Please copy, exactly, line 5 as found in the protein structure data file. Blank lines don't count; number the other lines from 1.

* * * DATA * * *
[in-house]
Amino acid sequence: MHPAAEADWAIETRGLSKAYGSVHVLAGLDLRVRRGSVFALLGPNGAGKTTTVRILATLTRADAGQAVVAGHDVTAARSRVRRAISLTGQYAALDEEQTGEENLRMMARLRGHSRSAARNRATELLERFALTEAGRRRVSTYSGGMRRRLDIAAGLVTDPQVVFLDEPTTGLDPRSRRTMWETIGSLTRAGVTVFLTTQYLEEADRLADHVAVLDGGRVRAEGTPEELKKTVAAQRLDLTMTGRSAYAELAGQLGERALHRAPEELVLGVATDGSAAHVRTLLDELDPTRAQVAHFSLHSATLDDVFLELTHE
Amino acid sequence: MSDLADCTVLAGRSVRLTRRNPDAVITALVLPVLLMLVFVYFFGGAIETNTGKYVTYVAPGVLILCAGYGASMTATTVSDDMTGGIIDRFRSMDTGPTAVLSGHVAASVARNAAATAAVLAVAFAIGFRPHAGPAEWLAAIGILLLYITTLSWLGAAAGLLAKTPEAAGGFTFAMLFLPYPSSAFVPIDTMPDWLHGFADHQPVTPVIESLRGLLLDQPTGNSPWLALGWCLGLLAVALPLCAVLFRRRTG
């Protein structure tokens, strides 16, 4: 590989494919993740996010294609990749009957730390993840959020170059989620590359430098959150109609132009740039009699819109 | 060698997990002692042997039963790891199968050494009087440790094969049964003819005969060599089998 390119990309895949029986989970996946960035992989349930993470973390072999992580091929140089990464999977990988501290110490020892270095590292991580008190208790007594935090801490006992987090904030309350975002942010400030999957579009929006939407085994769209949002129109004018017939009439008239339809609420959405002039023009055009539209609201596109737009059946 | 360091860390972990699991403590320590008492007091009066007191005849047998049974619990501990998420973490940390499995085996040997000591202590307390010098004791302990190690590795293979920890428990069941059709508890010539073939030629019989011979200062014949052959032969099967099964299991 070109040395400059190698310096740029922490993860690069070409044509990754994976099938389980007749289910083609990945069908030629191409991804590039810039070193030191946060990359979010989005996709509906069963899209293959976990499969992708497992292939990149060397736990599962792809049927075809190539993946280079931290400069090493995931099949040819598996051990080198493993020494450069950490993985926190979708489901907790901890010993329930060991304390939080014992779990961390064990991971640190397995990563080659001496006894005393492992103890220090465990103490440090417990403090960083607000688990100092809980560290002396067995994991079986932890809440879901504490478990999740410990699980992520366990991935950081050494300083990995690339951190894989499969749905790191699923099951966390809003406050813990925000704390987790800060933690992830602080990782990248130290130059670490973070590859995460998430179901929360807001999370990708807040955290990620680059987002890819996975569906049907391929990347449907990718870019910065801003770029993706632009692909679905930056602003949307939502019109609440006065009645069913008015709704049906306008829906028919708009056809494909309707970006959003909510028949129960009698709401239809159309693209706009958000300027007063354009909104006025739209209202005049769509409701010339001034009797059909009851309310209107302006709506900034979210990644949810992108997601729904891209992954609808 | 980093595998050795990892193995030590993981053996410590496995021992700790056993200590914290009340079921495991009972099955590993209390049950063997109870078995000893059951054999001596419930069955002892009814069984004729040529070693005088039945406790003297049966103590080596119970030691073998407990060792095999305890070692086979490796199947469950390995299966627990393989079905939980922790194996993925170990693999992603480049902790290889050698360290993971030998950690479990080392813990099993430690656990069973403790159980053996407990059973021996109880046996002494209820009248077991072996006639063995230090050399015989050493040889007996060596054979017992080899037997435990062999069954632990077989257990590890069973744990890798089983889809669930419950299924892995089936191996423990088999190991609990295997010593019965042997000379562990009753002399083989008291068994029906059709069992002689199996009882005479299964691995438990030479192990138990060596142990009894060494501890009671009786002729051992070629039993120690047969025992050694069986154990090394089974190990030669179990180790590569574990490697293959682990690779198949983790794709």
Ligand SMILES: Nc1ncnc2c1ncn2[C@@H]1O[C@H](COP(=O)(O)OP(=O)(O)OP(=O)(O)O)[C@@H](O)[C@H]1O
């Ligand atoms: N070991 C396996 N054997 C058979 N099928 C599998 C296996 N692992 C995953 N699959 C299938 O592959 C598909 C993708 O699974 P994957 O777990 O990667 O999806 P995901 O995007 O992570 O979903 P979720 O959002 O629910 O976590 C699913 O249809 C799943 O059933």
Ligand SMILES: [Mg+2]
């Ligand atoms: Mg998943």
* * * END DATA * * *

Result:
Ligand SMILES: Nc1ncnc2c1ncn2[C@@H]1O[C@H](COP(=O)(O)OP(=O)(O)OP(=O)(O)O)[C@@H](O)[C@H]1O